It seems hard to believe that everything that could be coaxed out of a world-spanning story of giant alien robots battling for supremacy has been even across seven films, but here we are. The newest attempt to revive the Transformers franchise remixes and regurgitates a lot of the pieces from the previous films, attempting to remake them into something new and shiny, but it’s impossible to mistake the provenance.
Once again something shiny and alien falls from the sky with potentially world-destroying consequences. This time it is the transwarp key, a mythical artifact capable of allowing anyone holding it to traverse the universe in an instant.
The one who wants to hold it is Unicorn (Colman Domingo), a sentient, sinister planet that devours other worlds for sustenance and is apparently capable of any feat imaginable except moving across space under its own power.
It can, however, send other smaller robots across as large a distance as can be imagined – the Terrorcons, led by Scourge (Peter Dinklage), will stop at nothing to find the key and bring Unicron to Earth.
Also, once again the space artifact crashes into the lives of a pair of strangers, awakening them to the unknown menace and the strange transforming robots that live on their planet as they are pulled into the conflict.
It seems strange, seven films into a series, to repeat so much of what has gone before or take so long to bring the titular characters into their own story in a method guaranteed to short-change them on time for any sort growth in favor of the new human characters, who need to be introduced and detailed. That may just be down to the practicality of how difficult it is to put these mostly computerized characters on screen and the need to prioritize the big action set pieces over slower character beats.
But it’s no coincidence that the further it goes, the more Transformers take center stage and the humans are pushed to the background. Despite a clear desire in every Transformers film to show the story from a human lens, when the chips are down everyone gives up on that and just focuses on the robots bashing each other, so why the pretense otherwise? Particularly when the attempts so far to jam the human characters into the final conflicts have all come off as silly or worse.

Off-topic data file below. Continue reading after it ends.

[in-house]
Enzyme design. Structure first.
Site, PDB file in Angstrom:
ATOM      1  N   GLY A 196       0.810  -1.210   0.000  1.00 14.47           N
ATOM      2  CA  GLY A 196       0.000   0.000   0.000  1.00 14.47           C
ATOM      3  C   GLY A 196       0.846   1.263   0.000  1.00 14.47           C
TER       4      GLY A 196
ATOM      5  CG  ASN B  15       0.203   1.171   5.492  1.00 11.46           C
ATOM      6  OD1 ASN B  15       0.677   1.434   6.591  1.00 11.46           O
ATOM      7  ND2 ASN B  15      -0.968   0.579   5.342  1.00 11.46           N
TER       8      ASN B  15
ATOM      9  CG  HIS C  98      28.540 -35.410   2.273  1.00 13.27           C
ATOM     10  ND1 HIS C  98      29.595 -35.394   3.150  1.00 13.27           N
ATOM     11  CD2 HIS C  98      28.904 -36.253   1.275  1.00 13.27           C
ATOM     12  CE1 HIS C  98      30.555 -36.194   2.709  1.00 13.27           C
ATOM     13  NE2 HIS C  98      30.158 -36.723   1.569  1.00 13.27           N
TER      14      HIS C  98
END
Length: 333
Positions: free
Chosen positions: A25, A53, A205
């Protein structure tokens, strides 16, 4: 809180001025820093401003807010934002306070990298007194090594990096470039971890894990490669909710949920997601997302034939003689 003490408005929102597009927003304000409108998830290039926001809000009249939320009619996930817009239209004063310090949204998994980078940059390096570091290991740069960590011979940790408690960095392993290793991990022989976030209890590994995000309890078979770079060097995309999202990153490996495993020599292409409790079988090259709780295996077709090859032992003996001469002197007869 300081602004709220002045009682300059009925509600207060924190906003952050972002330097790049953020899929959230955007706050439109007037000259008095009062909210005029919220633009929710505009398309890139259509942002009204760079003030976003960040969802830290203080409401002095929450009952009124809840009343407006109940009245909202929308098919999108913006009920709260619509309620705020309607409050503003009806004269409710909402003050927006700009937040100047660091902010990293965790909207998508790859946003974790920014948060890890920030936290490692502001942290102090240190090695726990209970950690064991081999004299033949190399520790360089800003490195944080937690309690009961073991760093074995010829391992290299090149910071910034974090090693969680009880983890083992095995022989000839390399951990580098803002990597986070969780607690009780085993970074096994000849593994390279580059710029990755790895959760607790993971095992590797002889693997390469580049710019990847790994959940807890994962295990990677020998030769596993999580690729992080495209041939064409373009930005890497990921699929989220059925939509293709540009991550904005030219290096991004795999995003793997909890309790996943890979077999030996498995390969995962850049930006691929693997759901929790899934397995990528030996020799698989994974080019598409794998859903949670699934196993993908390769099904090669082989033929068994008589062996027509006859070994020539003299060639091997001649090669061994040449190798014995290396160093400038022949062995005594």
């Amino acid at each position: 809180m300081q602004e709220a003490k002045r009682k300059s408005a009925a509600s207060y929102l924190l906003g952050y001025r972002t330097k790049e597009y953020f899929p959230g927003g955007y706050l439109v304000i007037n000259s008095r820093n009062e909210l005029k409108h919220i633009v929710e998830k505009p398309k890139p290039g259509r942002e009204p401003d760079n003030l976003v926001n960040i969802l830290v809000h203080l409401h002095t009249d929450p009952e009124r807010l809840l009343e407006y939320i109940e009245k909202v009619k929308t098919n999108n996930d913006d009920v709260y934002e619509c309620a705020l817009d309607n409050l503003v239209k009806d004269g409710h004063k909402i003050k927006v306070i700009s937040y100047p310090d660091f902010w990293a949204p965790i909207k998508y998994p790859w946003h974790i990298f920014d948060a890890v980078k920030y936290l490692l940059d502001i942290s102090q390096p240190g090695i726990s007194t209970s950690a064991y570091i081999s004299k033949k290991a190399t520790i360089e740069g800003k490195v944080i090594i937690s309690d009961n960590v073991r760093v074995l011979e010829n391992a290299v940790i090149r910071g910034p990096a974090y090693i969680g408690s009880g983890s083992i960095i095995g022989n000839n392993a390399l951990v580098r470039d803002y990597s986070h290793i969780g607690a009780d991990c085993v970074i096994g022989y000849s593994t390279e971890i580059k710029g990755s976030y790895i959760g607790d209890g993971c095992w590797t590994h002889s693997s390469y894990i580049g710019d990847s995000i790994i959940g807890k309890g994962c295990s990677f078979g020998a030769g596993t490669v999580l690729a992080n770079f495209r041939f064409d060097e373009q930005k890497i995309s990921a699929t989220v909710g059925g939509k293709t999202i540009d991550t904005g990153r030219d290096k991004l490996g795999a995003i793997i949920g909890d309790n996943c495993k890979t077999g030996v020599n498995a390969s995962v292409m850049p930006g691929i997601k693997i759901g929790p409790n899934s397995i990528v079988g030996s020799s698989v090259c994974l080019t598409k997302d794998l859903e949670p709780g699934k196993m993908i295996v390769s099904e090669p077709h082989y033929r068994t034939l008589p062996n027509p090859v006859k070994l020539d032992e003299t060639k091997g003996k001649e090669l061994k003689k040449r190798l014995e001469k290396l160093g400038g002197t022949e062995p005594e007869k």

This could have been the time to take a genuinely new tack the way Bumblebee attempted to reduce scale and reframe the primary point of view. But Rise of the Beasts is not interested in trying something different beyond the surface level, no matter how indifferent audiences have become the saga of Autobots and Decepticons.
None of that puts it at the level of the Bay films, but that’s not a high bar to clear either. Almost everything from that version of the series has been dumped except for the only two characters to ever click, stalwart Autobot leader Optimus Prime (Peter Cullen) and brave warrior Bumblebee.
The replacements aren’t a notable improvement, mostly still existing as expensive scenery until set pieces or tie-ins are needed, particularly Pete Davidson‘s Mirage who is meant to be the charming and affable new Bumblebee but is none of those things.
New director Steven Caple, Jr. (Creed II) does not offer near the bombast of Bay (and who could?) and has a clear idea of some sort of character arc for his Optimus, but he is still left repeating much of the past despite 16 years of data on what people are and are not interested in from the series.
It suggests at least some of the problems of the Bay years stem from higher up the food chain and a vision of the series that hasn’t fully worked yet but maybe one day it will.
The desperation is definitely showing around the seams, particularly as the film begins pulling out Easter eggs and sacrificing characters (beloved and otherwise) in order to squeeze some sort of emotion out of the audience. The Bay versions of these films mostly settled for fear or awe at these engines of destruction leveling whole cities; now that’s not on the table anymore the filmmakers are at last trying to get something more developed out of it, but it may be too little, too late.
That may well end up being the epithet of the whole series. Rise of the Beasts is not a bad movie, it’s just a painfully ordinary one which is a very weird thing to say about the story of giant space robots. If the series is to Rise again, it’s going to need a wholesale re-thinking that so far no one has been brave enough to take on.
TRANSFORMERS: RISE OF THE BEASTS REVIEW SCORE: 6 OUT OF 10
Paramount Pictures will release Transformers: Rise of the Beasts in theaters on June 9, 2023. The film is rated PG-13 for intense sequences of sci-fi action and violence, and language.